This tutorial provides basic information about ENVI and some suggestions for your initial investigations of the software. It is designed to introduce first-time ENVI users to the basic concepts of the package and to explore some of its key features. It assumes that you are already familiar with general image-processing concepts.
You must have the ENVI TUTORIALS & DATA CD-ROM mounted on your system to access the files used by this tutorial, or copy the files to your disk.
The files used in this tutorial are contained in the CAN_TM subdirectory of the ENVIDATA directory on the ENVI TUTORIALS & DATA CD-ROM.
The files listed below are required to run this exercise.
CAN_TMR.IMG, Boulder Colorado TM Data
CAN_TMR.HDR, ENVI Header for Above
ENVI uses a graphical user interface (GUI) to provide point-and-click access to image processing functions (Figure 1). You select menu choices and functions using a three-button mouse.
When you start ENVI, the ENVI Main Menu appears in the form of a button menu bar. Clicking with the left mouse button on any of the Main Menu buttons brings up a menu of options, which may in turn contain submenus with further options. The choices selected from these submenus will often bring up dialog boxes that allow you to enter information or set parameters relating to the ENVI function you have selected.
Note that most menus in ENVI windows and dialog boxes appear as buttons. Often the button label changes to reflect the currently-selected menu option.
ENVI uses a generalized raster data format consisting of a simple "flat binary file" and a small associated ASCII (text) header file. This file format permits ENVI to use nearly any image file, including those that contain their own embedded header information.
Generalized raster data is stored as a binary stream of bytes in either Band Sequential (BSQ), Band Interleaved by Pixel (BIP), or Band Interleaved by Line (BIL) format.
BIP format provides optimal spectral processing performance. Images stored in BIP format have the first pixel for all bands in sequential order, followed by the second pixel for all bands, followed by the third pixel for all bands, etc., interleaved up to the number of pixels. This format provides optimum performance for spectral (Z) access of the image data.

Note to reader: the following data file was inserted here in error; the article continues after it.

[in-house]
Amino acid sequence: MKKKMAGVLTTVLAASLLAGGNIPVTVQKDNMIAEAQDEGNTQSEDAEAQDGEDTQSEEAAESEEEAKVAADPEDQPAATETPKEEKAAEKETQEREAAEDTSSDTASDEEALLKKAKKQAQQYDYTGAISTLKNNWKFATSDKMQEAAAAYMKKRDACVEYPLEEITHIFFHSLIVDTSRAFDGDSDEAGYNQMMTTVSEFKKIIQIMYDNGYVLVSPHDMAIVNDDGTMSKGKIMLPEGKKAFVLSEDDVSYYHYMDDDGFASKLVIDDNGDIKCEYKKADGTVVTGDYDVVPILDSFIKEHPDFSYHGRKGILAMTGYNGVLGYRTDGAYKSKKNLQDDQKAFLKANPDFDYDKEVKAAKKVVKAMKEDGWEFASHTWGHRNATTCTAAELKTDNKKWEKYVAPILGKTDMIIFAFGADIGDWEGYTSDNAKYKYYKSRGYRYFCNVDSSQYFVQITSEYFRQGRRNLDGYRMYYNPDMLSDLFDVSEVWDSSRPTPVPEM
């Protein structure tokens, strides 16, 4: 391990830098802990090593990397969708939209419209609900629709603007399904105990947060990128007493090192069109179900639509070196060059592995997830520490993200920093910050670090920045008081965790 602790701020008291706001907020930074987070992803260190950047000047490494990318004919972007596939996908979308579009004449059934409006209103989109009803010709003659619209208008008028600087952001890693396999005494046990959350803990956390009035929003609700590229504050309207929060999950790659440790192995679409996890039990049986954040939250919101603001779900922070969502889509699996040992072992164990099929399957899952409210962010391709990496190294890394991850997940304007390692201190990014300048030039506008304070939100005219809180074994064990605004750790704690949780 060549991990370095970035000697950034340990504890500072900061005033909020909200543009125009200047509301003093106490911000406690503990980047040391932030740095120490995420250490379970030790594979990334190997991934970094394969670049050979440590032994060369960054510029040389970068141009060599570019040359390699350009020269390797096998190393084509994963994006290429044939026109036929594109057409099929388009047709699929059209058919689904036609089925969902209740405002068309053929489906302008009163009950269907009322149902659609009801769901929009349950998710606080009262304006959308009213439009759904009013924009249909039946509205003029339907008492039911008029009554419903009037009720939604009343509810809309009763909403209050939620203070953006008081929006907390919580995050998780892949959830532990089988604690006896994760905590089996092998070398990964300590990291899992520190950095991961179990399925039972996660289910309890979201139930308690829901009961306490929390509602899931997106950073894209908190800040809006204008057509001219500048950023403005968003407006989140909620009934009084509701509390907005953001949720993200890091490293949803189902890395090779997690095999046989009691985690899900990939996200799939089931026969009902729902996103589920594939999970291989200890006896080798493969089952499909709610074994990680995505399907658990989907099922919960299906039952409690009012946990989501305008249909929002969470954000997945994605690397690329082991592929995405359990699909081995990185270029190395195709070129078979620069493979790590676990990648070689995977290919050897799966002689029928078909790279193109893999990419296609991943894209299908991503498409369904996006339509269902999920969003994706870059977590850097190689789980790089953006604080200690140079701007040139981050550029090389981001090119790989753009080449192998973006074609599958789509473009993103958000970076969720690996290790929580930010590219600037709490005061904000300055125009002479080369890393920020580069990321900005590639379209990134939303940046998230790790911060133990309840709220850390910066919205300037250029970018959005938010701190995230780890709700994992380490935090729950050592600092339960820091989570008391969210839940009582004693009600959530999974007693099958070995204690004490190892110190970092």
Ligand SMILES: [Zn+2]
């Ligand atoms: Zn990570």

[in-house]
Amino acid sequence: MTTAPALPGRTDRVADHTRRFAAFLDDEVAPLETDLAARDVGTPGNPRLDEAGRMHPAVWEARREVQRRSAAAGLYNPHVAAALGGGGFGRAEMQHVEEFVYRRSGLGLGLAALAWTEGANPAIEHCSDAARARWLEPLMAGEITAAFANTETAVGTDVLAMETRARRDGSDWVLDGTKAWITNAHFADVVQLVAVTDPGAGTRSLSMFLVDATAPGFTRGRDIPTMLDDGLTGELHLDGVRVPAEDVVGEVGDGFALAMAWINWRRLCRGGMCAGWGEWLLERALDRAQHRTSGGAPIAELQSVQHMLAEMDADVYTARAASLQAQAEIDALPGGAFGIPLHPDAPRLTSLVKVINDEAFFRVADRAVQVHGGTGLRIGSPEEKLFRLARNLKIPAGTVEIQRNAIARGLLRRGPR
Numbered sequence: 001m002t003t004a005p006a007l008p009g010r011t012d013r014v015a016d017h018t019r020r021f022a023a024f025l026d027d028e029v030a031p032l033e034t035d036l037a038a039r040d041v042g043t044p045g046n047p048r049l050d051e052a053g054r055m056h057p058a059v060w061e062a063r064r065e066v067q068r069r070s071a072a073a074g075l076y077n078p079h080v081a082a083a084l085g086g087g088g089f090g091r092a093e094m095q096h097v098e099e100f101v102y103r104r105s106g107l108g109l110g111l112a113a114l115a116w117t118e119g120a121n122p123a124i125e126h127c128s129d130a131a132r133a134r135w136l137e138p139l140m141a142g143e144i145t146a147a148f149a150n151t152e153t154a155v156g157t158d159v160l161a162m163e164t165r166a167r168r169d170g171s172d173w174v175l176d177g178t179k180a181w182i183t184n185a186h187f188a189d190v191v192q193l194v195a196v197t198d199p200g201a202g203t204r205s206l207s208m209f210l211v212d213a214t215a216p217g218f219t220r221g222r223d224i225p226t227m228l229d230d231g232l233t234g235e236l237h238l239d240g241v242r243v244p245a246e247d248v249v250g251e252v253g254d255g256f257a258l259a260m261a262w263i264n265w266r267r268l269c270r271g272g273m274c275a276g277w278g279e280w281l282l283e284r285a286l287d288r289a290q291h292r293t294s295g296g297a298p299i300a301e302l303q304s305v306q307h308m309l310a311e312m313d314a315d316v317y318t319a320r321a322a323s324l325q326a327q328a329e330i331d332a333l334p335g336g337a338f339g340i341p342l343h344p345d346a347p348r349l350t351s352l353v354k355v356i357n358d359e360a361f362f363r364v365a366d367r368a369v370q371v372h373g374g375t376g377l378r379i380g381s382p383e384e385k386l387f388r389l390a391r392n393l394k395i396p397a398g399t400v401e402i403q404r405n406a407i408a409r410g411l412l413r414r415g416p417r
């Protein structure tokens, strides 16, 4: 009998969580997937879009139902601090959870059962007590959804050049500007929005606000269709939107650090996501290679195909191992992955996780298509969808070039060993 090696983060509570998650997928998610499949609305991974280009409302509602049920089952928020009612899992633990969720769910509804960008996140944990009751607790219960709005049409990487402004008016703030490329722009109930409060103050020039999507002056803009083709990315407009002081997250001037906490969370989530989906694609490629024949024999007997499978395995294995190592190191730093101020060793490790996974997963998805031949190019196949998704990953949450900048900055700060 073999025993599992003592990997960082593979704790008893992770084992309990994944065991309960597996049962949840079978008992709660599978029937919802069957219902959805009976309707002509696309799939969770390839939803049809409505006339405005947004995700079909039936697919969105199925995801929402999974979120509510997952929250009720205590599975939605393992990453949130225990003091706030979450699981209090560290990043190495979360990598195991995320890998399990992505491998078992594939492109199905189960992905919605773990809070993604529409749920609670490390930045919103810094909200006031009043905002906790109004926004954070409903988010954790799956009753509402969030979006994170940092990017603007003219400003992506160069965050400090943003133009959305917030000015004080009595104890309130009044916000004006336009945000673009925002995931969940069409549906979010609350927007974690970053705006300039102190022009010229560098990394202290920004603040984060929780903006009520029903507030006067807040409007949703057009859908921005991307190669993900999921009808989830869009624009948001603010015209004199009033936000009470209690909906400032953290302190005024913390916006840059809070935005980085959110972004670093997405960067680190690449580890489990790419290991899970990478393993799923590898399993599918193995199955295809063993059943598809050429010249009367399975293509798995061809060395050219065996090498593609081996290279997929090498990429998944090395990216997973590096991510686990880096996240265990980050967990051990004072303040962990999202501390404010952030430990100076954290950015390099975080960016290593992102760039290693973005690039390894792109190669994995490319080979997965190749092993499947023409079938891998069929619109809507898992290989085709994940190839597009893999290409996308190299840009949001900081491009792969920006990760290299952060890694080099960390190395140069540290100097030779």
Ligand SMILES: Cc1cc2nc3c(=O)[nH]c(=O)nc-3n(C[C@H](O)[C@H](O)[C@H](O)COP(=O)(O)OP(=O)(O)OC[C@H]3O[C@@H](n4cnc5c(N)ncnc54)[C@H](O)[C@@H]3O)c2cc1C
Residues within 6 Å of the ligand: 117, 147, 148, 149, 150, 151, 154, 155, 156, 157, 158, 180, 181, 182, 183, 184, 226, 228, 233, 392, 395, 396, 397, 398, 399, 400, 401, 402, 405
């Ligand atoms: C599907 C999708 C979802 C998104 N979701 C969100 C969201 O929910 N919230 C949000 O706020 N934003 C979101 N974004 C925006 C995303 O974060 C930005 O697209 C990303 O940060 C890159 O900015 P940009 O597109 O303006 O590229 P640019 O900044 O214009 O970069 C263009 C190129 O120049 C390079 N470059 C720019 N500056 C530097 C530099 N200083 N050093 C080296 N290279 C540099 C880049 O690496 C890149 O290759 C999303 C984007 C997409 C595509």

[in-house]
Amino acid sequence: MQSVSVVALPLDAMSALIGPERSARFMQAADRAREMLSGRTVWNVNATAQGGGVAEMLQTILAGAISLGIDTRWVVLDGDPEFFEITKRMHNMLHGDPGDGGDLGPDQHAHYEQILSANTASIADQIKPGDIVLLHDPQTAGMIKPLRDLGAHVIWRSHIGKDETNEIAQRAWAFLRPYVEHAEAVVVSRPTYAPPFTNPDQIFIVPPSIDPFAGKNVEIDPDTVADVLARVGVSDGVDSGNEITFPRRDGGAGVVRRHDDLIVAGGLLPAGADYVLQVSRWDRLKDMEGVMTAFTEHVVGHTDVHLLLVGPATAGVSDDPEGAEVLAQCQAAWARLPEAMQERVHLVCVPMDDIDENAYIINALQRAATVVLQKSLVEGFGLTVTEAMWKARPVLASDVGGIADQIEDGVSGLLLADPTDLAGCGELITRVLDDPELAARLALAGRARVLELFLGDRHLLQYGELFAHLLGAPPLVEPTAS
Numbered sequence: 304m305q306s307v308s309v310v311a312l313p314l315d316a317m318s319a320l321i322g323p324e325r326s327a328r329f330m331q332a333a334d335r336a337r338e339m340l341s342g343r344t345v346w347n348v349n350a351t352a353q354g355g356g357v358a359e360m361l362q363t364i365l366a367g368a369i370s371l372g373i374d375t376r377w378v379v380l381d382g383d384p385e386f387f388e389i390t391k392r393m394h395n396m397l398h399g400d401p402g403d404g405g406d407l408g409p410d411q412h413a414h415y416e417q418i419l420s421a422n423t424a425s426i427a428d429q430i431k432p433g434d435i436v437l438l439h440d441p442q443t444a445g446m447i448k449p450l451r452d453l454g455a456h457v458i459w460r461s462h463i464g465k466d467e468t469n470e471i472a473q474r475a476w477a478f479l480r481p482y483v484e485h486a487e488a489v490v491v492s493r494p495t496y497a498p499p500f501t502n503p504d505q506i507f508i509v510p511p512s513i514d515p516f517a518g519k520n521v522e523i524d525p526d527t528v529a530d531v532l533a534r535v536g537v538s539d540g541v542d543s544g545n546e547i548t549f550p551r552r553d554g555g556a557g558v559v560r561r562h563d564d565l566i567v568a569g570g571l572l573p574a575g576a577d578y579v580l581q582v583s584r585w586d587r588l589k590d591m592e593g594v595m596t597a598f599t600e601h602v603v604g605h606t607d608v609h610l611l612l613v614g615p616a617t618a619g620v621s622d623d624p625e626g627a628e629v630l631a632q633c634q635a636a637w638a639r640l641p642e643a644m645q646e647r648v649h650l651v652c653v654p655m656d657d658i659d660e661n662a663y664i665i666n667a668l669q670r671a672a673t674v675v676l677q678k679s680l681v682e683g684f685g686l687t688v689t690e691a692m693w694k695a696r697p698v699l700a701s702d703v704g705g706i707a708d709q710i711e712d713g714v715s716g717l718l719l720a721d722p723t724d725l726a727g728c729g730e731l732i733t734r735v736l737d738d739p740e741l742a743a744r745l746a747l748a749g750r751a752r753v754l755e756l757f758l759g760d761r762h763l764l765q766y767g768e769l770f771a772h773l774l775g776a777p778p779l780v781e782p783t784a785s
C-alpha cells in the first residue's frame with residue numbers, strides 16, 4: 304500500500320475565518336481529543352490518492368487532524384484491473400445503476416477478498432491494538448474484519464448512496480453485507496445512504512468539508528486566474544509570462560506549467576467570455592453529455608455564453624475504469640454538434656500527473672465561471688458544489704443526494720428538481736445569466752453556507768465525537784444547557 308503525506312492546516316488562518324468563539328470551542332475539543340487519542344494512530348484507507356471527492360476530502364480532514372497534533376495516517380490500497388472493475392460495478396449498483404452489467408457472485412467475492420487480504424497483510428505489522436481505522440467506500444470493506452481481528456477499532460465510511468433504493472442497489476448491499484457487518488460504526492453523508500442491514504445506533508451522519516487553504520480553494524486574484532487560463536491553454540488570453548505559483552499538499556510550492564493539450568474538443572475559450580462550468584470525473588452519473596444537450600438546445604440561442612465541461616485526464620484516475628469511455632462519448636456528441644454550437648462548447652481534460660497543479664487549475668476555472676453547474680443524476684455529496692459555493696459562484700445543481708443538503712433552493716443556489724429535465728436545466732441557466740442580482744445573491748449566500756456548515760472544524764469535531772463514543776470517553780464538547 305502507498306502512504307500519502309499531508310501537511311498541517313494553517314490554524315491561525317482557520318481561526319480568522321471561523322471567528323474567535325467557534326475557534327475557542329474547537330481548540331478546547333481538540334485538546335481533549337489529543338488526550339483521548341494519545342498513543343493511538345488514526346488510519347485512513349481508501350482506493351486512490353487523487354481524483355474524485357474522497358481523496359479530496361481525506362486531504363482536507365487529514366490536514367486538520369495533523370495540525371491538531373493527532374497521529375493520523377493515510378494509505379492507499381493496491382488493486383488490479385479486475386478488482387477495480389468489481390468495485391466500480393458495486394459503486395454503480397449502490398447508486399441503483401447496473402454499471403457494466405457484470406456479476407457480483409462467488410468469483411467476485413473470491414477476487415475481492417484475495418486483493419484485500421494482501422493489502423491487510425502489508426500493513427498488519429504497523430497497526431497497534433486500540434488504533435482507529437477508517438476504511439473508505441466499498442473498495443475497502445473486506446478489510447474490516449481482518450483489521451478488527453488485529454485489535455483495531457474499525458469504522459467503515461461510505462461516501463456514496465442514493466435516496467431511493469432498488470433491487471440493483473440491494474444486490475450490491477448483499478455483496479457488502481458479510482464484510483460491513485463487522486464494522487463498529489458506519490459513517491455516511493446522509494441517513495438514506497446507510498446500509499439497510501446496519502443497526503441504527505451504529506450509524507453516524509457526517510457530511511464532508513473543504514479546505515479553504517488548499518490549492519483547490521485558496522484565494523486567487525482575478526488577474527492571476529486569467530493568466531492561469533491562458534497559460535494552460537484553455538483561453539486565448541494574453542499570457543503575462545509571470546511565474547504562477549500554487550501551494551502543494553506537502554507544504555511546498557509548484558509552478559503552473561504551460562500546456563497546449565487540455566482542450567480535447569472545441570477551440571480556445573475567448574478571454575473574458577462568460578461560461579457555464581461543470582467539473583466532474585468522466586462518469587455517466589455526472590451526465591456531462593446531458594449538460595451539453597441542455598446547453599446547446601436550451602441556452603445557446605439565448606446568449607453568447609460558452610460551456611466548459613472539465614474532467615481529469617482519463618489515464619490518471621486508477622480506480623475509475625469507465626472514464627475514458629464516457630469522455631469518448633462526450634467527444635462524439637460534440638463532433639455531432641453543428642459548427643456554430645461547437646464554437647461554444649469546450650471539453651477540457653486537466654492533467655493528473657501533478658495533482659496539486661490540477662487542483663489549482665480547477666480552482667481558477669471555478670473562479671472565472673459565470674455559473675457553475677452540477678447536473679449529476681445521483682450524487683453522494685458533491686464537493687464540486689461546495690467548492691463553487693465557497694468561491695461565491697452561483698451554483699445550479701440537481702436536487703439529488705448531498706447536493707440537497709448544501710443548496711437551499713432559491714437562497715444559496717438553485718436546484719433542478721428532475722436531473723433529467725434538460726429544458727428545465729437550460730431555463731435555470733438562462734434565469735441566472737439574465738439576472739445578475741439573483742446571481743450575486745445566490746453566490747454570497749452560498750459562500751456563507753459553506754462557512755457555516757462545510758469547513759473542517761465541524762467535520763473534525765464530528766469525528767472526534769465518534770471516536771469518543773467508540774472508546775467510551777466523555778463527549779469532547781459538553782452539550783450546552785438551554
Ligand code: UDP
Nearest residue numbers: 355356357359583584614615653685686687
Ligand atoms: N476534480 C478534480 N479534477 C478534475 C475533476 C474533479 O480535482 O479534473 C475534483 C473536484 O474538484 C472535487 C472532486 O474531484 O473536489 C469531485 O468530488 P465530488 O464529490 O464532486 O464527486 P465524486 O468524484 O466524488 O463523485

ENVI supports a variety of data types: byte, integer, long integer, floating-point, double-precision floating-point, complex, and double-precision complex.
The separate text header file provides information to ENVI about the dimensions of the image, any embedded header that may be present, the data format, and other pertinent information. The header file is normally created (with your input) the first time a particular data file is read by ENVI. You can view and edit it at a later time using the Edit ENVI Header function under the ENVI File menu. You can also generate ENVI header files outside ENVI, using a text editor, if desired.
As you work with ENVI, a number of different windows and dialog boxes will appear on your screen. These allow you to manipulate and analyze your image. The most important of these displays is a group of three windows that display your image, allow you to move around in it, and allow you to magnify different areas. This group of windows is collectively referred to as the "Display group" (Figure 2). The Display group consists of:
You may have any number of displays open on the screen at any time. There are a wide variety of other types of ENVI windows you may work with, including scatter plots, spectral profiles and spectral plots, and vector windows.
The ENVI Main Display Window has its own internal menus, which provide access to interactive display and analysis functions (Figure 3). For uncluttered viewing, these menus do not appear automatically; you must call them up by pressing the right mouse button while the mouse pointer is inside the window. Once the window menu is on screen, you can select options from it as you do from any other ENVI menu. These window-specific menus are dismissed from the window by pressing the right mouse button again - not by clicking on the "Cancel" button, which closes the window entirely.
ENVI provides access to both image files and to the individual spectral bands in those files. The Available Bands List is a special ENVI dialog that contains a list of all the available image bands in all open files (Figure 4).
Use the Available Bands List to load both color and gray-scale images into a display by entering the display number, clicking on the appropriate radio button, then selecting the desired bands from the list by clicking on the band name(s).